This is the trail on part of the black section. No where near the most difficult. The black section was nice. Lots of rock gardens. I was to busy trying to clear them and keep upright to take any pictures. Kind of regret it now but they where definitely challenging. Some nice drops and table tops on the way down as well. Then there was another black section at the end. Some serious 4 foot drops. All blind ones at that. Being wet and not overly confident on a bike that was new to me I really didn't want to find my limits or discover the ER in Scotland so I opted to forego the gnarly drops. I saw one guy do them and he was in full face helmet and pads head to toe. So I didn't feel so bad.

    There were some other 3 foot drops with better sight and with some slab that I cleared on the second go around. I wish I would have had the time to do a thirds go at it. I kind of regret not really pushing the Bronson. To the tell the truth a lot of it had to do with the tires. It had High Roller IIs. Not a huge fan. Good back tire, didin't like it in the front. A Trail King, Minion, or Chunkey Monkey if they made it in 27.5 would have been mo better.

    All in all a great day of riding. I saw glimpses of the DH section and I will be the first to admit that is a class way above my skill level.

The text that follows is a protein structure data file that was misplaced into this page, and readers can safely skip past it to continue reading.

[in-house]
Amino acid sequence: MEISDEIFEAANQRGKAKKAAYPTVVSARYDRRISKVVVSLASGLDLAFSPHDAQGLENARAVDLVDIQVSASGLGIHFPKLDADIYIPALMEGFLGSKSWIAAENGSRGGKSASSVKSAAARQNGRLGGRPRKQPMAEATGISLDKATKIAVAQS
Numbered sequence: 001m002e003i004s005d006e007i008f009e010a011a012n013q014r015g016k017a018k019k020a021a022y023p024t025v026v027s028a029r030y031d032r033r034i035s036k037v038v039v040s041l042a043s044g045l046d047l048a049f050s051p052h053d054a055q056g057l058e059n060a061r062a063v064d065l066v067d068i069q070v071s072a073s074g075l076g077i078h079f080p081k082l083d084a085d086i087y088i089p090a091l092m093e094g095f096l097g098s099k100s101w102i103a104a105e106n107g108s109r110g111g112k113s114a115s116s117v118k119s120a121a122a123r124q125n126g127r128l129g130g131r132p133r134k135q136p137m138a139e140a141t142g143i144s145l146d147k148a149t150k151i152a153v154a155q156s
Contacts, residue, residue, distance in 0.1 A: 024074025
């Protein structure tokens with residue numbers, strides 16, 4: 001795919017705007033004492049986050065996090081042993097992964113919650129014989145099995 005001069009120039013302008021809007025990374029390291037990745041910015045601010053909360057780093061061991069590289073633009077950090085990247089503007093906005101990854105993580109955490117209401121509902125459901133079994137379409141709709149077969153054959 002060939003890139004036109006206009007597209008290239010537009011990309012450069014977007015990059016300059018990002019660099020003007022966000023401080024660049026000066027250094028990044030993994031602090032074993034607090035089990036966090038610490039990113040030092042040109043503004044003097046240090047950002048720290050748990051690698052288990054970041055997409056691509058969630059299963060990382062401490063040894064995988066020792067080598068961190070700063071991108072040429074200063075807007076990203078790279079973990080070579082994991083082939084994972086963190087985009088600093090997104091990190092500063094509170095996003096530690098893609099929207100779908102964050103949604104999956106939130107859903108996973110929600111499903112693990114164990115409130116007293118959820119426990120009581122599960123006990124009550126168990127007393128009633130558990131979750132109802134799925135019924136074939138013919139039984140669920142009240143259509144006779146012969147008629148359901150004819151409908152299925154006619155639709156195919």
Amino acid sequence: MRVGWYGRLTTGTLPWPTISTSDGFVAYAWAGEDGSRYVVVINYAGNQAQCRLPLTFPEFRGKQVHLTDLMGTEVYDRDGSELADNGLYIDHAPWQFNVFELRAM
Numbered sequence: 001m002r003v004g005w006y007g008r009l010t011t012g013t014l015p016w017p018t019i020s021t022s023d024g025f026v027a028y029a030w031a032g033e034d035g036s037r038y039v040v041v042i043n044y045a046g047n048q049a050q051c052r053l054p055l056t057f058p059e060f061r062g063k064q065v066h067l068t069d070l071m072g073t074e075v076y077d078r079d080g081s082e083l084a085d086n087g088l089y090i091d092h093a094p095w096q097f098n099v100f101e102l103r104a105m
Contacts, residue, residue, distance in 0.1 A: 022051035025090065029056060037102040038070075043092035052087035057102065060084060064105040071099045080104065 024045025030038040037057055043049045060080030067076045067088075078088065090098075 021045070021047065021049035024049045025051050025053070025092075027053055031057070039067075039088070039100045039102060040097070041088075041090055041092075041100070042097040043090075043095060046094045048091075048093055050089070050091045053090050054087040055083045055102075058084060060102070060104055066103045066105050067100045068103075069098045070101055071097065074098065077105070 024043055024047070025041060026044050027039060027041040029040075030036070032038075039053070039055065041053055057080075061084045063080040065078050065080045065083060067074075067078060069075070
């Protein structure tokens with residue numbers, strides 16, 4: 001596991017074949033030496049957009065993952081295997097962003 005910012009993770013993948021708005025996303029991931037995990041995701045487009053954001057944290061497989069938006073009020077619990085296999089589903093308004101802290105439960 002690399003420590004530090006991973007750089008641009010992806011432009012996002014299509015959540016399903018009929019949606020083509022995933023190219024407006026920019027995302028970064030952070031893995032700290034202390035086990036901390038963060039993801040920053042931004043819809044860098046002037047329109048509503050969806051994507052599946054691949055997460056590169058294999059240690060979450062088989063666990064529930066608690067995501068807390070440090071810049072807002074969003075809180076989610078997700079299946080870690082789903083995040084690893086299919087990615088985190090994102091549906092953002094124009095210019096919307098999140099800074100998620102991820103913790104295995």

Dropped the bike off and had about a two and a half hour drive to my next stop for some food, rest, and drink. Even Elvis showed up.

    IMG_0564 by mcwoodley, on Flickr

    My next stop was the Laggan Wolftrax. Everything I have read is that it is one of the best and most technical black trails in the UK. So I was going to give it a go.

    I rented a bike from a different place, actually one that I had rented from before. I should have asked more questions. I got another medium, but that wasn't too bad again. It was only 100mm travel. A giant Anthem 27.5. Afterwards I really wished I had the Bronson from the day before. I know two totally different bikes. I can't say anything ruined it for me because the ride was pretty awesome but the Avid brakes, the racing ralphs, and the SRAM shitters where a bit of a disappointment. It has been forever since I have used SRAM shifters. So it took some adjusting. What I hated was my thumb would bump the front shifter and downshift me at the worst time. I will say the RRs did better than I would have thought but still not what I like. I like gnarly 2.4s.